Best For People Who Want
A bargain on an inside cabin; not too much socializing with other passengers;
Should Be Avoided By People Who Prefer
Lots of on-board activities; great personal-style service
This Costa ship sails almost exclusively in European waters and so is not highly recommended for U.S. cruisers who are looking at a cruise as a way to see Europe. This ship is marketed to the European population and has all the trappings of a typical pan-European vacation experience; public announcements made in four languages; guests segregated into differing groups for shore excursions and entertainment depending upon their native language, onboard literature is several different languages, of which the English versions may be rather hard to locate.
Expect lots of smoking on board, though the Europeans are starting to catch up with the U.S. in this department, there is still second-hand smoke almost everywhere as rules are usually only loosely enforced. Also expect much shorter times in port than you would get on a ship full of Americans in Europe. The locals like to hit & run tourist spots like Mallorca and Sardinia, and are not inclined to want to spend the night, or even a full day in any one spot.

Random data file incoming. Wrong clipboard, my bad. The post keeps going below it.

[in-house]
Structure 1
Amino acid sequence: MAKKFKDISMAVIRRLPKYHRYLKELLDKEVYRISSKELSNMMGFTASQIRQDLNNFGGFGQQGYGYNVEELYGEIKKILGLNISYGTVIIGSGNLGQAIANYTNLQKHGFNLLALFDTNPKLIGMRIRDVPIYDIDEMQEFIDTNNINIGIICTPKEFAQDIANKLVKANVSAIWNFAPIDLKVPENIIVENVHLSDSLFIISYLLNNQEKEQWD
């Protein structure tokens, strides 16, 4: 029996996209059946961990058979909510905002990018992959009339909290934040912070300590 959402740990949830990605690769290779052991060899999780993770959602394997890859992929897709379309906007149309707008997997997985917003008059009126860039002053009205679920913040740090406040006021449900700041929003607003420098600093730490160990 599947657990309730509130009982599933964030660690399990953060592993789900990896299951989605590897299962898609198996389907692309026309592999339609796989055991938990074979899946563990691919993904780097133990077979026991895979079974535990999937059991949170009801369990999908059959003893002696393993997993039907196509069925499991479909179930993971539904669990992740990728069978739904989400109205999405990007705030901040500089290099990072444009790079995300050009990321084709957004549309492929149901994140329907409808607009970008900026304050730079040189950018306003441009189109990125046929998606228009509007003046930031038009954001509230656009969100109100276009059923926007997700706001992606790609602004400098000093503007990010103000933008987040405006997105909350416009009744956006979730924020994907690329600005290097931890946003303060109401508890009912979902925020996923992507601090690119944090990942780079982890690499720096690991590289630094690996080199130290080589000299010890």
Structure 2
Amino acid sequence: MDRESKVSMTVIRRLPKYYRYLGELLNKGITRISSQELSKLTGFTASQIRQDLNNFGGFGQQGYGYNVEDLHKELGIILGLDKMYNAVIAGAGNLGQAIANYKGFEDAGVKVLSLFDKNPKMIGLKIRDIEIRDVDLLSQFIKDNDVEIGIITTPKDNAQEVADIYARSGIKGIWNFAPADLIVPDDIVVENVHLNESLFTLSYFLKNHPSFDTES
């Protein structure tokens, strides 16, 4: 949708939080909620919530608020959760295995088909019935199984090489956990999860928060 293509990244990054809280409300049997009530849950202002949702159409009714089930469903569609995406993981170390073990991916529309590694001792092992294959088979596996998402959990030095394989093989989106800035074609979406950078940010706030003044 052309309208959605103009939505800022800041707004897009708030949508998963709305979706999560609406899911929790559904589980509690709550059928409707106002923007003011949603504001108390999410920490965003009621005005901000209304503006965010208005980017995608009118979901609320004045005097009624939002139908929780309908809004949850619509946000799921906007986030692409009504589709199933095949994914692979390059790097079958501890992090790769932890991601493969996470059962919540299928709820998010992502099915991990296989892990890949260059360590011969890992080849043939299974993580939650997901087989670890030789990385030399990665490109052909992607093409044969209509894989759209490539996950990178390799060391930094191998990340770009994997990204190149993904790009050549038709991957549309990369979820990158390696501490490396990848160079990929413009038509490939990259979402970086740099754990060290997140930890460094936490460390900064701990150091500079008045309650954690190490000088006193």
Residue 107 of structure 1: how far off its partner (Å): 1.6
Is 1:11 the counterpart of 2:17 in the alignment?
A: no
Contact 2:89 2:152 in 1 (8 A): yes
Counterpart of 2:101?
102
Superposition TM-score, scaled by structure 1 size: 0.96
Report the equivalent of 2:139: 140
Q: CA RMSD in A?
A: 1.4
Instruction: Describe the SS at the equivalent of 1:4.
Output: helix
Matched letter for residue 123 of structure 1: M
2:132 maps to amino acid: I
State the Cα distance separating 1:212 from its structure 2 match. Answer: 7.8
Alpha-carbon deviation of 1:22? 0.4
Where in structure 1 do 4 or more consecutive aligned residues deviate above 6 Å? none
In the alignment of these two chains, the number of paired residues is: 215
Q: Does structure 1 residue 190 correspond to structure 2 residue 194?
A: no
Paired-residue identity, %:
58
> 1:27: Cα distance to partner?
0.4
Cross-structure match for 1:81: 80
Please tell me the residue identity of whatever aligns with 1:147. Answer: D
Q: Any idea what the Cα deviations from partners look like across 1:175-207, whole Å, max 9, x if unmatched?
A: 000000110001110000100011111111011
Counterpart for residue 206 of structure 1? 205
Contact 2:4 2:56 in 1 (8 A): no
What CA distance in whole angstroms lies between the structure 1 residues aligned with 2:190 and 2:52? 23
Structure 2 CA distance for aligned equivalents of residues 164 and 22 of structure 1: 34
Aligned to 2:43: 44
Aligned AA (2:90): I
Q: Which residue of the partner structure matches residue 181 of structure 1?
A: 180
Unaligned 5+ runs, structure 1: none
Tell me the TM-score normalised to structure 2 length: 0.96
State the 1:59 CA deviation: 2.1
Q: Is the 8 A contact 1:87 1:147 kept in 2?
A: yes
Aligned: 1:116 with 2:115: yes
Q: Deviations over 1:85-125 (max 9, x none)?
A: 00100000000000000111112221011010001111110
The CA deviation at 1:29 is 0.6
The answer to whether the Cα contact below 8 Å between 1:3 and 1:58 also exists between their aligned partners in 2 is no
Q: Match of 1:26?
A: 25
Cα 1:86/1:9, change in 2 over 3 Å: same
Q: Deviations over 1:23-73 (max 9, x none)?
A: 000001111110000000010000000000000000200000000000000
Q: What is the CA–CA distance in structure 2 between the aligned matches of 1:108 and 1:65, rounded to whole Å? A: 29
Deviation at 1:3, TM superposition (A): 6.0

European decor of the modern era in most places, plus an art collection said to value over $20 million. The requisite number of marble statues and replicas of classic paintings are on board to let you know this is a European ship.
The amount charged to the shipboard account, per person per day (including children), is $8.50. This covers dining room and stateroom personnel. Passengers can have the amount adjusted by visiting the Guest Relations Desk.
A 15 percent gratuity is automatically added to all bar tabs. Spa staff and room service staff may be tipped as service is received.
Productions shows in the main theater are geared for the European audience who are used to seeing shows that do not require an abundance of dialogue - sight-gagged magicians and jugglers for example interspersed with songs that every world denizen knows in English like "New York, New York," or Italian such as "Volare." Nights in the Mediterranean sea offer themed deck parties that focus on various nationalities -- usually an Arab night, East European circus and Costa's famous "toga party".